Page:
21st Century Cowgirls
Lovin’ life in the saddle
By Lisa Fields

When the final bell rings at Northern Burlington Regional High School, 16-year-old Deanna D’Imperio of Columbus knows her day is far from over. There’s homework, of course, plus family time, maybe some household chores and texting friends – standard fare for most high school sophomores. But D’Imperio’s day veers from the typical teenage existence when she heads into her backyard to see Sonny.

Sonny is the horse D’Imperio rides when she competes in rodeo events. She tries to ride him every evening to keep her skills honed, although schoolwork sometimes gets in the way. Most of D’Imperio’s peers have no idea she excels at calf roping and barrel racing, in addition to academics.

“The first day of school, you always tell the class what your life is like,” D’Imperio says. “When I tell, it’s like, ‘Whoa, I did not expect that from her,’ because I dress the same as everyone else and do the same activities.”

Deanna D'Imperio has been riding horses since she was 3 years old and now competes in calf roping

Deanna D’Imperio has been riding horses since she was 3 years old and now competes in calf roping

As a freshman, D’Imperio joined the high school soccer and lacrosse teams, but this school year, she joined the Pennsylvania High School Rodeo Association and doesn’t have time for other sports. Most weekends, she competes in Pennsylvania, with a smattering of events held in South Jersey. (New Jersey doesn’t have its own rodeo association for high schoolers.)

D’Imperio, who has been riding horses since she was 3, began barrel racing when she was 4. She didn’t begin calf roping until last year, but the sport has taken hold.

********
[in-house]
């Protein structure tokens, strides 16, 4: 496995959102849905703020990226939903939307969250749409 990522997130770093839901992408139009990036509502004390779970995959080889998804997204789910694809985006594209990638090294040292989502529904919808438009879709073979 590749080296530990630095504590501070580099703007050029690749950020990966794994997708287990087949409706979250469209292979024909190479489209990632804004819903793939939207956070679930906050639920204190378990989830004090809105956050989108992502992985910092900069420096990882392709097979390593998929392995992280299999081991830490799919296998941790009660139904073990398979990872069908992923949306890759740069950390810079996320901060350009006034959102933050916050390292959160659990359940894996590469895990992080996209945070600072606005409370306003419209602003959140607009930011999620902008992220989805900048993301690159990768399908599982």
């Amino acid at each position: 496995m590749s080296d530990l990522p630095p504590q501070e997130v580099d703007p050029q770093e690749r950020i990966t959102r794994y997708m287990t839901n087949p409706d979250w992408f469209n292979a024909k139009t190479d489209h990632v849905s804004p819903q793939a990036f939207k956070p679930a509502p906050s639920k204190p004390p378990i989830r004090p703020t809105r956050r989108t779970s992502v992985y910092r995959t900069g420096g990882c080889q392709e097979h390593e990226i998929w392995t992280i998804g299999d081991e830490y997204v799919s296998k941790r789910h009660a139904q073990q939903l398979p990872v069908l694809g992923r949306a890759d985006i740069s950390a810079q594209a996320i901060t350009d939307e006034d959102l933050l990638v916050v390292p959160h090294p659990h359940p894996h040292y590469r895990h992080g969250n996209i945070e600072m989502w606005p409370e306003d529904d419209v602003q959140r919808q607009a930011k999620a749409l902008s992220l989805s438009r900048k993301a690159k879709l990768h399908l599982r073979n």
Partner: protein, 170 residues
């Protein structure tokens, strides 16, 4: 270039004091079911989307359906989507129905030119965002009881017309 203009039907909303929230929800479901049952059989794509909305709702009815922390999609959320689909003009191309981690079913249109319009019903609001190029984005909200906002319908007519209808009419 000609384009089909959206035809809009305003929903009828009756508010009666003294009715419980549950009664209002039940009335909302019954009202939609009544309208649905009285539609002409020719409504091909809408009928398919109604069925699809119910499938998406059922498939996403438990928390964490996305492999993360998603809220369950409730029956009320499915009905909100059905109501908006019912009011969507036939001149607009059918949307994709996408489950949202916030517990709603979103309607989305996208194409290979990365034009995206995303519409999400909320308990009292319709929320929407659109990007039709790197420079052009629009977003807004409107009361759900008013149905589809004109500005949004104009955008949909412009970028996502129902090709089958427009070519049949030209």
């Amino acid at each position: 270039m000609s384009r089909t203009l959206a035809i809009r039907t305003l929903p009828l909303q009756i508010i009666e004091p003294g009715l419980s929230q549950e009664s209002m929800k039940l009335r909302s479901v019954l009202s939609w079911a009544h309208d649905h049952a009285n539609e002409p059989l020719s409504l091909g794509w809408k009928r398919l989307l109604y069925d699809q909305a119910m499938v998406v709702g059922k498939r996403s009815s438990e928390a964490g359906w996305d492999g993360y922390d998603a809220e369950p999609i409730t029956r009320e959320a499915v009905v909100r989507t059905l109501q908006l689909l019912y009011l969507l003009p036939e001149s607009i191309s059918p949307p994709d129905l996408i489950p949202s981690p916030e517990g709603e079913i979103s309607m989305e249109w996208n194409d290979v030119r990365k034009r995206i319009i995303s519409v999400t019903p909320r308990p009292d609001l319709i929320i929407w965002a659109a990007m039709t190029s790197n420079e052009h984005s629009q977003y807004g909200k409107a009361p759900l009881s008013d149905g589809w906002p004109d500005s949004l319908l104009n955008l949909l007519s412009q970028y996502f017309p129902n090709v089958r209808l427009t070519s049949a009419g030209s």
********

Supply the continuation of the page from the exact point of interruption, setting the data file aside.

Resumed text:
“I like the roping more; it’s more ‘me,’” D’Imperio says. “I’m not just depending on my horse to run a certain speed, I also have to catch the calf. So it’s both of us.”

D’Imperio comes from a long line of rodeo competitors. Her great uncle and grandfather started competing in the 1950s, and her grandmother was a barrel racer. In the 1980s, her father Troy began competing in rodeos, which he still does on a part-time basis. D’Imperio says she can’t imagine a life without horses, although she may pursue a career in business, not rodeo.

“I will always have it in my life, but I won’t make it my whole life,” she says.

The young athlete identifies as a cowgirl, as do many other South Jersey women. Their criteria for what makes them a cowgirl may vary, but they all share a lifelong passion for horses.

Although many cowgirls may have a stereotypical look – especially at rodeo events, when they’re required to wear a hat, boots and a long-sleeved button-down shirt – there’s more to being a cowgirl than just having the right aesthetic.

 “To be a cowboy or a cowgirl, you actually have to do more than own a hat and horse,” says Grant Harris, 62, who runs Cowtown Rodeo in Pilesgrove. “To actually be comfortable on a horse, doing a lot of different work on a horse – and all in association with cattle – goes a long way toward respecting someone when they call themselves a cowgirl.”

Cowgirls don’t need to compete in rodeo events, according to Harris; they just need to work with horses and cattle. When asked, the first cowgirl whom Harris can think of is his daughter, Katy Harris Griscom, who works the family farm.

“While she’s not a rodeo contestant, when you say ‘cowgirl,’ she comes to mind,” Harris says.

Griscom, 33, of Woodstown, has been around horses her whole life. “I was riding since I could walk,” she says.